The cast for the last Grand Prix in Europe for 1974 is fairly stable, the only new car on the scene being a fourth B.R.M. P201, which Pescarolo is driving, the Bourne team having got themselves sort out for a brief moment; Beltoise has P201/03 and Migault P201/02. Team Lotus has make a decisive move in taking their two Lotus 76 models and one Lotus 72 to Monza, the idea being to race the new cars and have the old one purely as a stand-by; it is Peterson’s usual mount, 72/R8, the new cars being the troublesome JPS/9 and JPS/10. Elf Team Tyrrell are in their usual good order, with their three 007 cars for Scheckter and Depailler, and the McLaren team are with their usual three cars for Fittipaldi and Hulme, and the Yardley sponsors M23/4 for David Hobbs, still standing-in for Mike Hailwood, who is report to be recovering well and with enthusiasm. The Texaco-Marlboro sponsors McLarens aren’t using the transparent skirts round the base of the monocoque that they try in Austria, not because they are not beneficial, but because there isn’t way they can be prevent from rubbing themselves away and if they didn’t touch the ground they are ineffective. Any method of keeping them in contact, rising and falling as the suspension works, will have contraven the moveable aerodynamic device rule. The Brabham team are in good spirits after their win in Austria, confident that their cars will be equally as good on the fast Monza circuit. The two South American drivers are unconsciously urging each other on to greater efforts in friendly rivalry, Reutemann knowing he can go faster than Pace, and vice-versa. John Watson, in the brown Hexagon Brabham BT44/4, with support from the works team, is equally happy and confident, being delight with his new car. Surprisingly, Ferrari keep to their usual two-car team for their home Grand Prix, instead of co-opting anyone into a spare car, as they have done in the past. Regazzoni and Lauda have the same two cars they use in Austria, which are 014 and 015, respectively. The Shadow team is unchanges, although their spare car has been straighten out, but Pryce is still feeling a bit bewilder and very lucky at having escap injury in a Formula 2 crash at Enna a short time before.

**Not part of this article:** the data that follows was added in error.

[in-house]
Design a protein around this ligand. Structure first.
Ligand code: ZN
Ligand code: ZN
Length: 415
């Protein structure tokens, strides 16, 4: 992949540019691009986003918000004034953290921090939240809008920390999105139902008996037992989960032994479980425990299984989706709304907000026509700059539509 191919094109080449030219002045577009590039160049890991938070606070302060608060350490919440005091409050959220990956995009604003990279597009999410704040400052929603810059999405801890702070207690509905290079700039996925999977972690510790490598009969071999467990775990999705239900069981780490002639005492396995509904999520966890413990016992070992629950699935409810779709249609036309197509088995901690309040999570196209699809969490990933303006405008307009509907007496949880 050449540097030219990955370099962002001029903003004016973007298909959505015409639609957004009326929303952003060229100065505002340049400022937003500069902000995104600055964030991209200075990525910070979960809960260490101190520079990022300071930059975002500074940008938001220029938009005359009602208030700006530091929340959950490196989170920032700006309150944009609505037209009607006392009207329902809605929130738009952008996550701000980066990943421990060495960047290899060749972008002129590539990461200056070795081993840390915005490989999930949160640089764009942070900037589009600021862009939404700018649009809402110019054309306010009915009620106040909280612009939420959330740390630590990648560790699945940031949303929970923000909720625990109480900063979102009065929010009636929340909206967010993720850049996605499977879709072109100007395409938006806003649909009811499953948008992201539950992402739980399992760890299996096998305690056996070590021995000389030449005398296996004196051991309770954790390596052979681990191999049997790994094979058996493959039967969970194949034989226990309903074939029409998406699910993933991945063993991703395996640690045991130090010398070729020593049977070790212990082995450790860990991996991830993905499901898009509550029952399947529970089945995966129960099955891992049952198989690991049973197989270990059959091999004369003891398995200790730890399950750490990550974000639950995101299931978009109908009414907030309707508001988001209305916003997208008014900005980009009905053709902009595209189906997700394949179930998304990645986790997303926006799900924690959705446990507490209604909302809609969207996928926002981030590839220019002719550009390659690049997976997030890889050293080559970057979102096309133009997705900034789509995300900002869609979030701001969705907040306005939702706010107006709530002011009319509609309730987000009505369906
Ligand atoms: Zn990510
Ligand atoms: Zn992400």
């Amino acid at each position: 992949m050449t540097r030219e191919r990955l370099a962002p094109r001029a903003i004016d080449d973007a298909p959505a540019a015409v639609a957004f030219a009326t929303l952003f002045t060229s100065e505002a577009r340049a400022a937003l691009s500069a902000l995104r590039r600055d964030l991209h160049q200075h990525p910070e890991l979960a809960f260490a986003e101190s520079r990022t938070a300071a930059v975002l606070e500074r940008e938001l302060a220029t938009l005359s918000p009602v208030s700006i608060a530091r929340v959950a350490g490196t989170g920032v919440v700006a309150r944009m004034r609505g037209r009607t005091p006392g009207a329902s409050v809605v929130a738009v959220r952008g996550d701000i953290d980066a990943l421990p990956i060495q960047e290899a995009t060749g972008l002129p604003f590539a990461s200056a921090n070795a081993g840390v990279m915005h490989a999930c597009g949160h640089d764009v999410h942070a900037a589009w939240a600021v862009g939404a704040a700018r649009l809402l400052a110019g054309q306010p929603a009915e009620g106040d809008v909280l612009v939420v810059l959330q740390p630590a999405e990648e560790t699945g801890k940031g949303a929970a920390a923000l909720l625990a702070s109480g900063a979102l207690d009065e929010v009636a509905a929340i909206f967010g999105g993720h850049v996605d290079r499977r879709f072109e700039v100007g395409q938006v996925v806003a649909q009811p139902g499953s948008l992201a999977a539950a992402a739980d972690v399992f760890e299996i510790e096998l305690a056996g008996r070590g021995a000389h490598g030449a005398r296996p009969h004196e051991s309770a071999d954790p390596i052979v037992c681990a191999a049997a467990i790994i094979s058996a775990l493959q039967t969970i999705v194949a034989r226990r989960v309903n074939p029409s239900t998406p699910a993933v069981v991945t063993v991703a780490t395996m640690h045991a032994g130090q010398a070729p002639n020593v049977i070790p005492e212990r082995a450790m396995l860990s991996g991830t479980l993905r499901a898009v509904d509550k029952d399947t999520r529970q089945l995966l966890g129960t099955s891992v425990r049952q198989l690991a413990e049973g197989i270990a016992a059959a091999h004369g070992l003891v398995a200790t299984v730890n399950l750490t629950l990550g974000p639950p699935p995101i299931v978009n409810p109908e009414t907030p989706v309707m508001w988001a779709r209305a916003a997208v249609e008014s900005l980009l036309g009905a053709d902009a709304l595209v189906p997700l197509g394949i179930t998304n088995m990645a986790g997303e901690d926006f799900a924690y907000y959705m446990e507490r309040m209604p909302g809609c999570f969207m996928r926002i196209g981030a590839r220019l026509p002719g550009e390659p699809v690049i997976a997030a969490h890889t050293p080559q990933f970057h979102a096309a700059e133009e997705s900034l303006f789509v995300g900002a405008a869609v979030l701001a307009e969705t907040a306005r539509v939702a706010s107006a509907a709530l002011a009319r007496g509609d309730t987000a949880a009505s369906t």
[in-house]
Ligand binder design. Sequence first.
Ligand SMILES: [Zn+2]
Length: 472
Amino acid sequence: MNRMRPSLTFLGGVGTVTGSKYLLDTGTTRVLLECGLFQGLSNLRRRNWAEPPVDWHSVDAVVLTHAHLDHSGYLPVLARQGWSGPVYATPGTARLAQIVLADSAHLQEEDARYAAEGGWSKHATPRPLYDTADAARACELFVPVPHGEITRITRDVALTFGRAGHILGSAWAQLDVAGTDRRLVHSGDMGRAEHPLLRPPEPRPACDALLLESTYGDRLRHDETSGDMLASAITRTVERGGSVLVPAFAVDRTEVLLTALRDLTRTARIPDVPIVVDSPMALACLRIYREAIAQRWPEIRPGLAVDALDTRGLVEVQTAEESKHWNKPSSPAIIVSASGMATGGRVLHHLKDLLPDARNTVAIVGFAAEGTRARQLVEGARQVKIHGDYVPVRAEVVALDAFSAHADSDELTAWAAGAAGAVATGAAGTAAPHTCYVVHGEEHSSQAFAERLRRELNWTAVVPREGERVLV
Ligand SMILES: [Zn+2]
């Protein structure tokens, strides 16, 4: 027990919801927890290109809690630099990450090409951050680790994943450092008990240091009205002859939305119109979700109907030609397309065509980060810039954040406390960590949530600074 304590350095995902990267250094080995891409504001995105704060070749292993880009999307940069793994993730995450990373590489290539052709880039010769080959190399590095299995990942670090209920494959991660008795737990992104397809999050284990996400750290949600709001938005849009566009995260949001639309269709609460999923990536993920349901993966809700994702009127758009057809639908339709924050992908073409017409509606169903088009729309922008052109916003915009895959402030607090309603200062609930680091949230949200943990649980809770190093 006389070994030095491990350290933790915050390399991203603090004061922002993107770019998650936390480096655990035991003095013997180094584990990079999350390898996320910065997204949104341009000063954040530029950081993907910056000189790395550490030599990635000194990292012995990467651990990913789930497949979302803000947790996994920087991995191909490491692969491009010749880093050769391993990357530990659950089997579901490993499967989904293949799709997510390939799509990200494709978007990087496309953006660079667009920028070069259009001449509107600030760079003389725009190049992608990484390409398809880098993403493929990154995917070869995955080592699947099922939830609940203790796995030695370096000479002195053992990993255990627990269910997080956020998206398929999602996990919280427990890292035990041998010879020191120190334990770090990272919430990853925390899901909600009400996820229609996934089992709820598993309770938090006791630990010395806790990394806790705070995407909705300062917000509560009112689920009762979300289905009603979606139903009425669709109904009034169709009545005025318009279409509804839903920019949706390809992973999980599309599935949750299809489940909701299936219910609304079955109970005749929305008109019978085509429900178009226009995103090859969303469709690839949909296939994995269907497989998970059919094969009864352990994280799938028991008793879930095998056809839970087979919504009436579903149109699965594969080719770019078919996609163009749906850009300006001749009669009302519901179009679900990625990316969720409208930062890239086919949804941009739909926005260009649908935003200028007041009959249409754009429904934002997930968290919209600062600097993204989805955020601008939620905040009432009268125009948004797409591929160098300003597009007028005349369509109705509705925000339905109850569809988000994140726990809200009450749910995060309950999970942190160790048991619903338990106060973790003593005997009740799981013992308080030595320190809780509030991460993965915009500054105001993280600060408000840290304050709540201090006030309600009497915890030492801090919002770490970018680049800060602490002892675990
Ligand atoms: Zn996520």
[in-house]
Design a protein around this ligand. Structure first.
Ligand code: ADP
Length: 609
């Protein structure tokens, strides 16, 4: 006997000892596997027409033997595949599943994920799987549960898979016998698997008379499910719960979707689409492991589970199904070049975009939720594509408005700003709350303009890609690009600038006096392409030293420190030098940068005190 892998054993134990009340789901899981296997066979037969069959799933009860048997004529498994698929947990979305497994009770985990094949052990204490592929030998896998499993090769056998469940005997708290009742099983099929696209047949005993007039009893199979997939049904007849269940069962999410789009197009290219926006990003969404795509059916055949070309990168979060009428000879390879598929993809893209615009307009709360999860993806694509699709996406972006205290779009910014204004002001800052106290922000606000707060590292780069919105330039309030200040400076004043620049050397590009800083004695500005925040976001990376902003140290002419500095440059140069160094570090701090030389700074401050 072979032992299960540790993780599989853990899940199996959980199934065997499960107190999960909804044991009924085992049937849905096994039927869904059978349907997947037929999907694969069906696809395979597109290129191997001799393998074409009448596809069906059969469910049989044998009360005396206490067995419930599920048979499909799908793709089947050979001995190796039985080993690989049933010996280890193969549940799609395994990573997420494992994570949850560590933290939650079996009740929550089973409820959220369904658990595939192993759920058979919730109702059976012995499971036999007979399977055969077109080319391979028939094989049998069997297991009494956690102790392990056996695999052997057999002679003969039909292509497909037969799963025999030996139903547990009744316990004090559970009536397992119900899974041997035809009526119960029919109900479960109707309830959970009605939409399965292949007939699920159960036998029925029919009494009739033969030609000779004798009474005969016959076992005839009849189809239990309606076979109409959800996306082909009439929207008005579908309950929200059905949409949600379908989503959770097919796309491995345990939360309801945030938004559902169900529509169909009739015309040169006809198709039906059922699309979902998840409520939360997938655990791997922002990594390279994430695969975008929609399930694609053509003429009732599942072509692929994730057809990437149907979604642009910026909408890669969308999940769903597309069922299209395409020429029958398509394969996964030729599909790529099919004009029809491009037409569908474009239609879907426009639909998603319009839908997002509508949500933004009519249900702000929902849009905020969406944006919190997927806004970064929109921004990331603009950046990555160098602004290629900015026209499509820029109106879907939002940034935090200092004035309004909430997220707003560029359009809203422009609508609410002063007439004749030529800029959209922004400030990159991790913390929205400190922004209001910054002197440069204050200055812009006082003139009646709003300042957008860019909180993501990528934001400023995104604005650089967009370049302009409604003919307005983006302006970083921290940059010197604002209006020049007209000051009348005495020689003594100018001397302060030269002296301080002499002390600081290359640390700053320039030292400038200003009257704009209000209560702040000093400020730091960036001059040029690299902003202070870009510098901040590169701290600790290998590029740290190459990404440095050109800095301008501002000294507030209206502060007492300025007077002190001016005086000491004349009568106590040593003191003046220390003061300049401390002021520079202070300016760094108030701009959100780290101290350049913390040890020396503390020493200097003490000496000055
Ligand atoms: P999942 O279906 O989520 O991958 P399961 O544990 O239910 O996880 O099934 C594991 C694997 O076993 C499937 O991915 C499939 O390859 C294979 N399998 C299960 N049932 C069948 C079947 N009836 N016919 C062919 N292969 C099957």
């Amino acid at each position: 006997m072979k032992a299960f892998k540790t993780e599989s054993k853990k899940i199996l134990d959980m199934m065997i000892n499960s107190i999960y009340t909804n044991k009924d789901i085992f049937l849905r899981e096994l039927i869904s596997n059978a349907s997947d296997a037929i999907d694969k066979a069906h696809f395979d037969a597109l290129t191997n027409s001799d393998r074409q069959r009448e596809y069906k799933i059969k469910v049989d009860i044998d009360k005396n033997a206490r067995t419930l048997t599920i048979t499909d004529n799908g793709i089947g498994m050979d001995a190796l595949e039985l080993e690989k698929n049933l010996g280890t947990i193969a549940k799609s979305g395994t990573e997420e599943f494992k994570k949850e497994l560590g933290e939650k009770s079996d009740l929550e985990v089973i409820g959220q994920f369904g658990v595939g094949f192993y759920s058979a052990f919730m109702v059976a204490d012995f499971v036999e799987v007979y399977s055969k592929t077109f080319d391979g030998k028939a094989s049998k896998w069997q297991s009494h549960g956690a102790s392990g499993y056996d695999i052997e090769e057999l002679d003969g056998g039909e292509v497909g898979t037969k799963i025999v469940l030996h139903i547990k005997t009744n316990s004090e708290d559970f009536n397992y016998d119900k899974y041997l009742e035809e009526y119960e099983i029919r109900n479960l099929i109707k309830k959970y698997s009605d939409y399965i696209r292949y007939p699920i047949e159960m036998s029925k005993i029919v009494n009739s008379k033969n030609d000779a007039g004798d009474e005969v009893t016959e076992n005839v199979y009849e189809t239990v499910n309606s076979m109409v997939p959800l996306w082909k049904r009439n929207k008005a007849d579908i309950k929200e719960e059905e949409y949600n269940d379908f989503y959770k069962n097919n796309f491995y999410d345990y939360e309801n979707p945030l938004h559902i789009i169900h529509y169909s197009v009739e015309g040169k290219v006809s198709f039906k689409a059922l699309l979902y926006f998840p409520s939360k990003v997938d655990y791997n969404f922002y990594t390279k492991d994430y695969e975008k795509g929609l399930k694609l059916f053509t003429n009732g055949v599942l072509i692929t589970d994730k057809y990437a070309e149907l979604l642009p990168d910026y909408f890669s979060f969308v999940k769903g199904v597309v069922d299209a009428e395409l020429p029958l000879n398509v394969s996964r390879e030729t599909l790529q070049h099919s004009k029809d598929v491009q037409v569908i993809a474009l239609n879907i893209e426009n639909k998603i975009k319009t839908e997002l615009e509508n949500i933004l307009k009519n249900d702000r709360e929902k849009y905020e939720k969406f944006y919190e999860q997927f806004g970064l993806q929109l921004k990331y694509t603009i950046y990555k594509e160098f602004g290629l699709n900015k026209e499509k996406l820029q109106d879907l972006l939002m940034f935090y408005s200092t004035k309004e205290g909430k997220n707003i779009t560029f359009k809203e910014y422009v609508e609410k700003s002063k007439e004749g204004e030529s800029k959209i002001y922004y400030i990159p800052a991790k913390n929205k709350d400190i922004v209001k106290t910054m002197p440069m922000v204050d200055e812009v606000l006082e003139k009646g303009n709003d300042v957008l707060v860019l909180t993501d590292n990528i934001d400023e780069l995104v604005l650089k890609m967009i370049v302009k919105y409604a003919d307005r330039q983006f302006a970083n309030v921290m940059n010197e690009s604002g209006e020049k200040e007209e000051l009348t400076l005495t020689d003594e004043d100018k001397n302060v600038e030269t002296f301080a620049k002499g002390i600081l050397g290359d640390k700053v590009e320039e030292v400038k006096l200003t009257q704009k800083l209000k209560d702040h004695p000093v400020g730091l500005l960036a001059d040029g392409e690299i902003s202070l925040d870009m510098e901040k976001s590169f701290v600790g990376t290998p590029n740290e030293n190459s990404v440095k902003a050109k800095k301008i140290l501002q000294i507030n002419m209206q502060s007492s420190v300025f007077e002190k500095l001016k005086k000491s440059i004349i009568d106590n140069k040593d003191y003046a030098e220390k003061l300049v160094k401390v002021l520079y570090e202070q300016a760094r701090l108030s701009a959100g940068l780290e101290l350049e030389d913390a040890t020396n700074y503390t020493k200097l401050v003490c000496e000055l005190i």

Team Surtees has call the Formula 2 driver Jose Dolhem into his trouble team once more, with Derek Bell in the number one car, and Frank Williams has Merzario and Laffite in his cars once more, while Graham Hill has Stommelen with him in the Lolas, as he has done in Austria. The private efforts of Amon, Kinnunen, Hunt and Schenken are unchange and the Ensign has revertes to its original green and yellow colour scheme, no longer being support by Theodore Racing, and as in Austria Mike Wilds is driving it. Ian Ashley’s backers have drop the Token car and bring the Brabham BT42/2 that Watson is racing all season, but it can’t be make ready in time for the Italian race. The Swiss/ Italian team run by Finotto/Bretscher have only one of their cars running, although they have enter two, and Carlo Facetti is the driver. The March team is unchange, with Stuck and Brambilla in the 741 cars, the stocky Italian keen to do well on his home ground, Monza being his local circuit. The Formula One Constructors Association plan the distribution of the pits, there being more cars and teams than Monza can really deal with, so a sad little group farms out onto the grass verge at the beginning of the pit road, while the rest have enough room in the concrete covered pits. The outcasts are Facetti with the bright blue Brabham, Ron Tauranac with his Trojan, Chris Amon with his own car, Wilds with the Ensign, Kinnunen with his Surtees and Graham Hill with his Embassy-Lola team, the last-name being something of a surprise decision by the selection committee. Fortunately the weather is typically Italian, so being put out to grass isn’t as disastrous as it maybe is. Most of the competitors have retain the same racing number all season, but for this race there is a bit of shuffling round among the tail-enders, with Amon, Kinnunen, Wilds, Schenken and Migault having different numbers in the entry list, though the third B.R.M. reverte to its normal 37. Practice is hold on Friday and Saturday, from about midday to 3:30 p.m. each day, with a half-hour break for towing in any cars that have breakdown, or repair any ravages cause by over enthusiasm.